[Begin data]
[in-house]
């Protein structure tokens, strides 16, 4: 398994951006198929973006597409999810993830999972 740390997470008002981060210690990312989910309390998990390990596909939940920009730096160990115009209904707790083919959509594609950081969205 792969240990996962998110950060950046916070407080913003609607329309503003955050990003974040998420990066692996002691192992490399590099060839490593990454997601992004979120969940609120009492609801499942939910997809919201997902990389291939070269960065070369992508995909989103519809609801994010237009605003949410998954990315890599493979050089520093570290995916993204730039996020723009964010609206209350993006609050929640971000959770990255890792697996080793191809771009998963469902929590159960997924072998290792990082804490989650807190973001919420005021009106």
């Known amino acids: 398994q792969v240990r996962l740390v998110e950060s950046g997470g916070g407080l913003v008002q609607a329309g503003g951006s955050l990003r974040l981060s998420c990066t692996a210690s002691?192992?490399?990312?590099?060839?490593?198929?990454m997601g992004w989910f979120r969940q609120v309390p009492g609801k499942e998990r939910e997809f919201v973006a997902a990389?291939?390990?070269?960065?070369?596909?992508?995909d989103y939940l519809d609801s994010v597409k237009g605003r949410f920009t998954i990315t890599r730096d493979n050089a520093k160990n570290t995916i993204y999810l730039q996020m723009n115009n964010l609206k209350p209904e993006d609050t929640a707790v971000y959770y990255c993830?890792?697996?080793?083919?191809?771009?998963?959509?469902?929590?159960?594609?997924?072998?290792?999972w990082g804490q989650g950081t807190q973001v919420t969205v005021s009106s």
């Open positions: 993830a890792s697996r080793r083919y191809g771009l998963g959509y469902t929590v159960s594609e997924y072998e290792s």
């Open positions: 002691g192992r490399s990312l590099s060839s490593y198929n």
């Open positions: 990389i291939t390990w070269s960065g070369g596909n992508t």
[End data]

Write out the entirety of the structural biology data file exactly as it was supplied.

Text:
[in-house]
């Protein structure tokens, strides 16, 4: 398994951006198929973006597409999810993830999972 740390997470008002981060210690990312989910309390998990390990596909939940920009730096160990115009209904707790083919959509594609950081969205 792969240990996962998110950060950046916070407080913003609607329309503003955050990003974040998420990066692996002691192992490399590099060839490593990454997601992004979120969940609120009492609801499942939910997809919201997902990389291939070269960065070369992508995909989103519809609801994010237009605003949410998954990315890599493979050089520093570290995916993204730039996020723009964010609206209350993006609050929640971000959770990255890792697996080793191809771009998963469902929590159960997924072998290792990082804490989650807190973001919420005021009106």
């Known amino acids: 398994q792969v240990r996962l740390v998110e950060s950046g997470g916070g407080l913003v008002q609607a329309g503003g951006s955050l990003r974040l981060s998420c990066t692996a210690s002691?192992?490399?990312?590099?060839?490593?198929?990454m997601g992004w989910f979120r969940q609120v309390p009492g609801k499942e998990r939910e997809f919201v973006a997902a990389?291939?390990?070269?960065?070369?596909?992508?995909d989103y939940l519809d609801s994010v597409k237009g605003r949410f920009t998954i990315t890599r730096d493979n050089a520093k160990n570290t995916i993204y999810l730039q996020m723009n115009n964010l609206k209350p209904e993006d609050t929640a707790v971000y959770y990255c993830?890792?697996?080793?083919?191809?771009?998963?959509?469902?929590?159960?594609?997924?072998?290792?999972w990082g804490q989650g950081t807190q973001v919420t969205v005021s009106s």
């Open positions: 993830a890792s697996r080793r083919y191809g771009l998963g959509y469902t929590v159960s594609e997924y072998e290792s």
């Open positions: 002691g192992r490399s990312l590099s060839s490593y198929n």
């Open positions: 990389i291939t390990w070269s960065g070369g596909n992508t």